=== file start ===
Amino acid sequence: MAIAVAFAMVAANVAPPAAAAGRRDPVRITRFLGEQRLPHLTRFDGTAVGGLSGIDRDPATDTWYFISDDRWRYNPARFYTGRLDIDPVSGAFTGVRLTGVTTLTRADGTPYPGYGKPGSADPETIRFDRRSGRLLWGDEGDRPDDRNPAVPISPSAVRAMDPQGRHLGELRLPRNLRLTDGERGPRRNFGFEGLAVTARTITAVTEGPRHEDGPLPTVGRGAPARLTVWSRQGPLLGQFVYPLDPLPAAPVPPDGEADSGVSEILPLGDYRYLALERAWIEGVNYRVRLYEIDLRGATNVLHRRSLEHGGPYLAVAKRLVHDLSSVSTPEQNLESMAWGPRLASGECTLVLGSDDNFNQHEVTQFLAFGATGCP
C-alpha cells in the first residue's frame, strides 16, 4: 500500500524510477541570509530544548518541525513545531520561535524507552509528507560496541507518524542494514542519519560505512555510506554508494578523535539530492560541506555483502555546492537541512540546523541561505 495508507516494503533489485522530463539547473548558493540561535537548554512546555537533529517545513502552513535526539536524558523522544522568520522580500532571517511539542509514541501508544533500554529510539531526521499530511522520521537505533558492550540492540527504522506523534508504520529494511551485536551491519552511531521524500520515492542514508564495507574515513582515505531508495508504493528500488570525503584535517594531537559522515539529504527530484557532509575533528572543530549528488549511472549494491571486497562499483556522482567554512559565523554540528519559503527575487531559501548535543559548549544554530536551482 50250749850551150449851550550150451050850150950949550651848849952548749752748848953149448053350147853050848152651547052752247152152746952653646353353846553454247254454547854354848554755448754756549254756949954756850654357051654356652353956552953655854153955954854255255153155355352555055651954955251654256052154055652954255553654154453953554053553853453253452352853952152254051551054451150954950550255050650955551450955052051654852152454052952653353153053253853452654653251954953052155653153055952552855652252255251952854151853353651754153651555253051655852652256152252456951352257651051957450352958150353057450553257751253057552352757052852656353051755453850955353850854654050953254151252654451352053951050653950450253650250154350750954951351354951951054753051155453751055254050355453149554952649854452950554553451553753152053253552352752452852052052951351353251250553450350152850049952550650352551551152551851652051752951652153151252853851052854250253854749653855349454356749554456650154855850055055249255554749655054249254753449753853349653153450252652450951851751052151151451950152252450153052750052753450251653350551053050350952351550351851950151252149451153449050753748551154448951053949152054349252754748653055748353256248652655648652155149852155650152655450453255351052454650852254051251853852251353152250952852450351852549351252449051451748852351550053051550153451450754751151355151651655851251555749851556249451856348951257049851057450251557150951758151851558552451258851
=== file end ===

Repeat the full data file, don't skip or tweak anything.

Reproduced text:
Amino acid sequence: MAIAVAFAMVAANVAPPAAAAGRRDPVRITRFLGEQRLPHLTRFDGTAVGGLSGIDRDPATDTWYFISDDRWRYNPARFYTGRLDIDPVSGAFTGVRLTGVTTLTRADGTPYPGYGKPGSADPETIRFDRRSGRLLWGDEGDRPDDRNPAVPISPSAVRAMDPQGRHLGELRLPRNLRLTDGERGPRRNFGFEGLAVTARTITAVTEGPRHEDGPLPTVGRGAPARLTVWSRQGPLLGQFVYPLDPLPAAPVPPDGEADSGVSEILPLGDYRYLALERAWIEGVNYRVRLYEIDLRGATNVLHRRSLEHGGPYLAVAKRLVHDLSSVSTPEQNLESMAWGPRLASGECTLVLGSDDNFNQHEVTQFLAFGATGCP
C-alpha cells in the first residue's frame, strides 16, 4: 500500500524510477541570509530544548518541525513545531520561535524507552509528507560496541507518524542494514542519519560505512555510506554508494578523535539530492560541506555483502555546492537541512540546523541561505 495508507516494503533489485522530463539547473548558493540561535537548554512546555537533529517545513502552513535526539536524558523522544522568520522580500532571517511539542509514541501508544533500554529510539531526521499530511522520521537505533558492550540492540527504522506523534508504520529494511551485536551491519552511531521524500520515492542514508564495507574515513582515505531508495508504493528500488570525503584535517594531537559522515539529504527530484557532509575533528572543530549528488549511472549494491571486497562499483556522482567554512559565523554540528519559503527575487531559501548535543559548549544554530536551482 50250749850551150449851550550150451050850150950949550651848849952548749752748848953149448053350147853050848152651547052752247152152746952653646353353846553454247254454547854354848554755448754756549254756949954756850654357051654356652353956552953655854153955954854255255153155355352555055651954955251654256052154055652954255553654154453953554053553853453253452352853952152254051551054451150954950550255050650955551450955052051654852152454052952653353153053253853452654653251954953052155653153055952552855652252255251952854151853353651754153651555253051655852652256152252456951352257651051957450352958150353057450553257751253057552352757052852656353051755453850955353850854654050953254151252654451352053951050653950450253650250154350750954951351354951951054753051155453751055254050355453149554952649854452950554553451553753152053253552352752452852052052951351353251250553450350152850049952550650352551551152551851652051752951652153151252853851052854250253854749653855349454356749554456650154855850055055249255554749655054249254753449753853349653153450252652450951851751052151151451950152252450153052750052753450251653350551053050350952351550351851950151252149451153449050753748551154448951053949152054349252754748653055748353256248652655648652155149852155650152655450453255351052454650852254051251853852251353152250952852450351852549351252449051451748852351550053051550153451450754751151355151651655851251555749851556249451856348951257049851057450251557150951758151851558552451258851